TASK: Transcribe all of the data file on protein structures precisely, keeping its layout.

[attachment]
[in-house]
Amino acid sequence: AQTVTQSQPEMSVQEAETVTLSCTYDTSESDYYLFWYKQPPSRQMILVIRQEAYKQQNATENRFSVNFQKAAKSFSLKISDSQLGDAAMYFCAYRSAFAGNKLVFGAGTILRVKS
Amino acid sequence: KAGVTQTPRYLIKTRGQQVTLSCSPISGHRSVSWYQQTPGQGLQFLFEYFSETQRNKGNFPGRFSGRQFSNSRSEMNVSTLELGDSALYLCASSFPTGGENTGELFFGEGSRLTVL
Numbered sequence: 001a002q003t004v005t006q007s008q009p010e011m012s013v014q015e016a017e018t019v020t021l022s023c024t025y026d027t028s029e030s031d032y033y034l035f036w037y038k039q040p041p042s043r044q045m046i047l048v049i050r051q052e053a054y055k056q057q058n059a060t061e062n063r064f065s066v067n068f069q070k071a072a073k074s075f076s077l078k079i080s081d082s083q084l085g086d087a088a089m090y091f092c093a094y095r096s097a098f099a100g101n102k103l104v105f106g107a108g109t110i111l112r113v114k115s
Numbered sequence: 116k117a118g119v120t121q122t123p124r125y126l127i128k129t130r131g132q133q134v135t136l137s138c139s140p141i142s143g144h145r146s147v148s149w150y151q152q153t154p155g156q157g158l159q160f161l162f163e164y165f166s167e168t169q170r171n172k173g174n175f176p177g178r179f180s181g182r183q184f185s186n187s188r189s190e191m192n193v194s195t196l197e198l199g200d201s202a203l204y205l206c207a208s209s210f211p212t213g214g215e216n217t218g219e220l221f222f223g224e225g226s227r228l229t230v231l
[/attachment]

[in-house]
Amino acid sequence: AQTVTQSQPEMSVQEAETVTLSCTYDTSESDYYLFWYKQPPSRQMILVIRQEAYKQQNATENRFSVNFQKAAKSFSLKISDSQLGDAAMYFCAYRSAFAGNKLVFGAGTILRVKS
Amino acid sequence: KAGVTQTPRYLIKTRGQQVTLSCSPISGHRSVSWYQQTPGQGLQFLFEYFSETQRNKGNFPGRFSGRQFSNSRSEMNVSTLELGDSALYLCASSFPTGGENTGELFFGEGSRLTVL
Numbered sequence: 001a002q003t004v005t006q007s008q009p010e011m012s013v014q015e016a017e018t019v020t021l022s023c024t025y026d027t028s029e030s031d032y033y034l035f036w037y038k039q040p041p042s043r044q045m046i047l048v049i050r051q052e053a054y055k056q057q058n059a060t061e062n063r064f065s066v067n068f069q070k071a072a073k074s075f076s077l078k079i080s081d082s083q084l085g086d087a088a089m090y091f092c093a094y095r096s097a098f099a100g101n102k103l104v105f106g107a108g109t110i111l112r113v114k115s
Numbered sequence: 116k117a118g119v120t121q122t123p124r125y126l127i128k129t130r131g132q133q134v135t136l137s138c139s140p141i142s143g144h145r146s147v148s149w150y151q152q153t154p155g156q157g158l159q160f161l162f163e164y165f166s167e168t169q170r171n172k173g174n175f176p177g178r179f180s181g182r183q184f185s186n187s188r189s190e191m192n193v194s195t196l197e198l199g200d201s202a203l204y205l206c207a208s209s210f211p212t213g214g215e216n217t218g219e220l221f222f223g224e225g226s227r228l229t230v231l